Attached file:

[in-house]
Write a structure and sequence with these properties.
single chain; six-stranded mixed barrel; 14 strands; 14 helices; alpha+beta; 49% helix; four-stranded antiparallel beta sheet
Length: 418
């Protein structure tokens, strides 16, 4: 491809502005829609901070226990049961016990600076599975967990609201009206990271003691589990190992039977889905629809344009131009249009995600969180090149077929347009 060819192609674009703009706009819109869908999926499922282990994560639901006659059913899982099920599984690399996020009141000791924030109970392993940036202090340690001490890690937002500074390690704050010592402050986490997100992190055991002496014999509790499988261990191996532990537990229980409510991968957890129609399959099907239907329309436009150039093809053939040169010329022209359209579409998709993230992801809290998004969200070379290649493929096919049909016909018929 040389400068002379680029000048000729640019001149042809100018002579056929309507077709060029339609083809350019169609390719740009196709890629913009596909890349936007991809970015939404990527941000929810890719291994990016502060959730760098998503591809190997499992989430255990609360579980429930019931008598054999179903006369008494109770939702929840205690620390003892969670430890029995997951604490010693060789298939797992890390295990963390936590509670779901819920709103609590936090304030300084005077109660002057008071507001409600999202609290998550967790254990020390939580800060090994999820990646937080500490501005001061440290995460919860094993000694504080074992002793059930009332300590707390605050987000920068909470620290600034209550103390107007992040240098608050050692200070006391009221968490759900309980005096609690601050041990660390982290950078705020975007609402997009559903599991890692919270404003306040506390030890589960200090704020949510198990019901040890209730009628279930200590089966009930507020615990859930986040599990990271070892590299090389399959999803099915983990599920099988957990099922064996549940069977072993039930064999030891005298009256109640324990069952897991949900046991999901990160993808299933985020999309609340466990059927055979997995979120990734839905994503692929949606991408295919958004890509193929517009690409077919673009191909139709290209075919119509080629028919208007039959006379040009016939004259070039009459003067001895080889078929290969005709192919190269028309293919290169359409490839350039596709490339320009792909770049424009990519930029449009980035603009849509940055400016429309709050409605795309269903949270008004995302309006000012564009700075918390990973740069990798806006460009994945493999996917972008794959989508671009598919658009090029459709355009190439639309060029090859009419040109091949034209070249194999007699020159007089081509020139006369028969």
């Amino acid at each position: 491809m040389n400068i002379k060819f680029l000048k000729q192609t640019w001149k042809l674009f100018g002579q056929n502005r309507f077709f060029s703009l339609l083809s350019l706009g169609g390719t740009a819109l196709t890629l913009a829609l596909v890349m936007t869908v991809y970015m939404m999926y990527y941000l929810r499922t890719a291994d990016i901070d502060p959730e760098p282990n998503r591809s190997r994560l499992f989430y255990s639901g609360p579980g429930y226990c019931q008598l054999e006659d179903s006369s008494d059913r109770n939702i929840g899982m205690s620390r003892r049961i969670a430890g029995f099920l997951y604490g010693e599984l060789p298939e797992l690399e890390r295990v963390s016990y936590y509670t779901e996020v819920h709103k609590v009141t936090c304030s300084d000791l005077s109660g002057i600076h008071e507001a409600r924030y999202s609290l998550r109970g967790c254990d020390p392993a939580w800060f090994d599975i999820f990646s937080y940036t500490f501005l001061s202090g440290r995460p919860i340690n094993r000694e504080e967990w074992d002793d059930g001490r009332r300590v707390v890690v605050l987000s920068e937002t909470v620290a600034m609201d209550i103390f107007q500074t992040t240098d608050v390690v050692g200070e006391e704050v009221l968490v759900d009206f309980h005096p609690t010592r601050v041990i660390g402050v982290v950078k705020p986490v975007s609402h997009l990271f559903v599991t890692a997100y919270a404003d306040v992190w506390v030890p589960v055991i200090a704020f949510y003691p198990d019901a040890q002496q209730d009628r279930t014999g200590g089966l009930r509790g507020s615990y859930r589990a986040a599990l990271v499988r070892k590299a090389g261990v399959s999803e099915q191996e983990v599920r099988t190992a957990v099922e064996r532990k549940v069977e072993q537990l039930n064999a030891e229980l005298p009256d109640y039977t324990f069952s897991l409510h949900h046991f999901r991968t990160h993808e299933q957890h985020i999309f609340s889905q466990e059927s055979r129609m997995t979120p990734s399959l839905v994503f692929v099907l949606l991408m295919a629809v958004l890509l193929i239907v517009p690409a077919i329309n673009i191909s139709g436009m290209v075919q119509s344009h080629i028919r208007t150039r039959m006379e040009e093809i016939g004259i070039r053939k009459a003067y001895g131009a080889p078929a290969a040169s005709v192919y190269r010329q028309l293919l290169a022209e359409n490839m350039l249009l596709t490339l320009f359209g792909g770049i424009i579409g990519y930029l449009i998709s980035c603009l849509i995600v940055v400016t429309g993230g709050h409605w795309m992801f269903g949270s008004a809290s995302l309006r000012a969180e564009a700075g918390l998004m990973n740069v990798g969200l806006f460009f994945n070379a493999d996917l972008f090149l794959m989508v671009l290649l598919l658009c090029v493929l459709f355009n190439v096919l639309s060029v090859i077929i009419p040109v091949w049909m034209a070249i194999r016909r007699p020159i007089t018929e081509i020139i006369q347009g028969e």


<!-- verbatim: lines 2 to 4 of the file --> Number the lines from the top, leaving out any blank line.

Write a structure and sequence with these properties.
single chain; six-stranded mixed barrel; 14 strands; 14 helices; alpha+beta; 49% helix; four-stranded antiparallel beta sheet
Length: 418